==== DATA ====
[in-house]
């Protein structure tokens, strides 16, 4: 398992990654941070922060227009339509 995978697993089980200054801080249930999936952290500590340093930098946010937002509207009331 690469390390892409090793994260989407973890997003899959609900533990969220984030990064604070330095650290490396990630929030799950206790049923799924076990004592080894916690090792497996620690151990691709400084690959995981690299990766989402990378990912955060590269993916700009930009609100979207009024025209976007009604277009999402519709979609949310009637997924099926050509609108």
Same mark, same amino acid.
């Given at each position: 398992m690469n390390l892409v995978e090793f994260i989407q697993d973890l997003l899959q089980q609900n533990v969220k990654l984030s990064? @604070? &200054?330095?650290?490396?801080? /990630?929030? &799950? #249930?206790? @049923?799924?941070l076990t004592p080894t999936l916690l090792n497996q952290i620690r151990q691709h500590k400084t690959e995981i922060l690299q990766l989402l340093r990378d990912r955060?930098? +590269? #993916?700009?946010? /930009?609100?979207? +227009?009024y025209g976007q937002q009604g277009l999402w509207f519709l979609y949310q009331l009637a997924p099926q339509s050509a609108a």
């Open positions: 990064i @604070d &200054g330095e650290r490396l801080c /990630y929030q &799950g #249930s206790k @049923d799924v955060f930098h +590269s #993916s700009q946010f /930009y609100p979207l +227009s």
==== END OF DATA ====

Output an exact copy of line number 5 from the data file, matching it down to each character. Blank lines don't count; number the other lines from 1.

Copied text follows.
């Open positions: 990064i @604070d &200054g330095e650290r490396l801080c /990630y929030q &799950g #249930s206790k @049923d799924v955060f930098h +590269s #993916s700009q946010f /930009y609100p979207l +227009s």